Count Henry continued the Reconquista in western Iberia and expanded his county's dominions. He was also involved in several intrigues inside the Leonese court together with his cousin Raymond and sister-in-law Urraca of Castile, in which he supported Raymond's ascension in return for promises of autonomy or independence for Portugal. In 1111 the Muslims conquered Santarém. [ citation needed ] Her own son, Afonso Henriques, took the reins of the government in 1128 after routing his mother's forces in the Battle of São Mamede, near Guimarães. After this battle, he began to exhibit a seal with a cross and the word "Portugal". He continued to win battles, supported by the nobles of Entre-Douro-e-Minho, eventually triumphing in the Battle of Ourique in 1139, which led to his proclamation as King of Portugal by his troops. Nevertheless:When Count Henry died in 1112, the population of the County of Portugal, including the powerful families, favored independence. Henry's widow, Theresa, took the reins on behalf of her young son, and allied herself with Galician nobility in order to challenge her sister queen Urraca's dominance and briefly used the title Queen. However, she was defeated by Urraca in 1121 and forced to accept a position of feudal subservience to the Leonese state.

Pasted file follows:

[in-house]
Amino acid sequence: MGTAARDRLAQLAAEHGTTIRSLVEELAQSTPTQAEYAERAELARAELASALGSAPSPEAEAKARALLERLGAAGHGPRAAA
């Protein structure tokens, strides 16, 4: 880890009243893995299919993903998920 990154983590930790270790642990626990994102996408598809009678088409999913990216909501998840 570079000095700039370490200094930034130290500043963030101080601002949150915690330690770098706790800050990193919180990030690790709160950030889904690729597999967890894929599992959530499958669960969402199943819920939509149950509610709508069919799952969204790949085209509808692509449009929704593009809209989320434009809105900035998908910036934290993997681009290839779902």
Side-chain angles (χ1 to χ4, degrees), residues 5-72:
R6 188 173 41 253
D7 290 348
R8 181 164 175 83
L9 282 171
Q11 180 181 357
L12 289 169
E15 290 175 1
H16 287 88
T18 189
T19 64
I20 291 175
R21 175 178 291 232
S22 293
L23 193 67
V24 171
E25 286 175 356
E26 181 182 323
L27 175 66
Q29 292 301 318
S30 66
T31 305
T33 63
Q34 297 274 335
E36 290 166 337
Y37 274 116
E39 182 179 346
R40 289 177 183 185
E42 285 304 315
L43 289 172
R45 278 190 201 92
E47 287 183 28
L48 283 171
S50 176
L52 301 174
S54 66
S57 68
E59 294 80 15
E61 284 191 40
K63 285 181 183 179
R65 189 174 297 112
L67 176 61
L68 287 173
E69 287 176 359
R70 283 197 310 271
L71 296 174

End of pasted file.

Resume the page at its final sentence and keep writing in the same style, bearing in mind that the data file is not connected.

Even then, between 1128 and 1139 he never used the title of king, but rather that of princeps or infante , which means, in fact, that he could not resolve on his own account, the issue of his political category; that is, he had to admit that it depended on the consent of Alfonso VII who was, in fact, the legitimate heir of Alfonso VI. Also, he never used the title of "count" which would place him in a clear position of dependence vis-à-vis the king of León and Castile. (translation)
It was finally in 1143 when his nominal overlord Alfonso VII of León and Castile recognized the de facto independence of Portugal in the Treaty of Zamora.
Afonso I, nicknamed the Conqueror, the Founder or the Great by the Portuguese, and El-Bortukali and Ibn-Arrink or Ibn Arrinq by the Moors whom he fought, was the first King of Portugal. He achieved the independence of the County of Portugal, establishing a new kingdom and doubling its area with the Reconquista, an objective that he pursued until his death.